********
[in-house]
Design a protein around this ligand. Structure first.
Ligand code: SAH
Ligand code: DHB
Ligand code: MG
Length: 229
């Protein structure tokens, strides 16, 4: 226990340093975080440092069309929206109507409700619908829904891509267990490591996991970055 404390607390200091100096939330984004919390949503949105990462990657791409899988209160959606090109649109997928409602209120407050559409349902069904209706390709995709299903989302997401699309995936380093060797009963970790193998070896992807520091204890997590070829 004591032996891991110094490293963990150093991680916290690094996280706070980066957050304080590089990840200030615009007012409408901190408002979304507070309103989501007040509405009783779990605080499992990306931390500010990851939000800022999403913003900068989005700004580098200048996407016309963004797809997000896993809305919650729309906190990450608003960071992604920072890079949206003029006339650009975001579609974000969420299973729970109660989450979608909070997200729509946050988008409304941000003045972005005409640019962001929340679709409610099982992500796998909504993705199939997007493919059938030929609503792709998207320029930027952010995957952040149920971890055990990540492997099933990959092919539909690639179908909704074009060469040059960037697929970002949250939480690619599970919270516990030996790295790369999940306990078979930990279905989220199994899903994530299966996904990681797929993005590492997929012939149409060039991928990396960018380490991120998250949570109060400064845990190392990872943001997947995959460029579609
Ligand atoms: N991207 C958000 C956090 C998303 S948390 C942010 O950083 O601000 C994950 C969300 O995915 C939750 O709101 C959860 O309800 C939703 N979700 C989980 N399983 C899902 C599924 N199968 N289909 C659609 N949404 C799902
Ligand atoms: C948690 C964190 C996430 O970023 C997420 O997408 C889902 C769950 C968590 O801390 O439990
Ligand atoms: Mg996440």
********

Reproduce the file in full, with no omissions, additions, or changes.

[in-house]
Design a protein around this ligand. Structure first.
Ligand code: SAH
Ligand code: DHB
Ligand code: MG
Length: 229
């Protein structure tokens, strides 16, 4: 226990340093975080440092069309929206109507409700619908829904891509267990490591996991970055 404390607390200091100096939330984004919390949503949105990462990657791409899988209160959606090109649109997928409602209120407050559409349902069904209706390709995709299903989302997401699309995936380093060797009963970790193998070896992807520091204890997590070829 004591032996891991110094490293963990150093991680916290690094996280706070980066957050304080590089990840200030615009007012409408901190408002979304507070309103989501007040509405009783779990605080499992990306931390500010990851939000800022999403913003900068989005700004580098200048996407016309963004797809997000896993809305919650729309906190990450608003960071992604920072890079949206003029006339650009975001579609974000969420299973729970109660989450979608909070997200729509946050988008409304941000003045972005005409640019962001929340679709409610099982992500796998909504993705199939997007493919059938030929609503792709998207320029930027952010995957952040149920971890055990990540492997099933990959092919539909690639179908909704074009060469040059960037697929970002949250939480690619599970919270516990030996790295790369999940306990078979930990279905989220199994899903994530299966996904990681797929993005590492997929012939149409060039991928990396960018380490991120998250949570109060400064845990190392990872943001997947995959460029579609
Ligand atoms: N991207 C958000 C956090 C998303 S948390 C942010 O950083 O601000 C994950 C969300 O995915 C939750 O709101 C959860 O309800 C939703 N979700 C989980 N399983 C899902 C599924 N199968 N289909 C659609 N949404 C799902
Ligand atoms: C948690 C964190 C996430 O970023 C997420 O997408 C889902 C769950 C968590 O801390 O439990
Ligand atoms: Mg996440």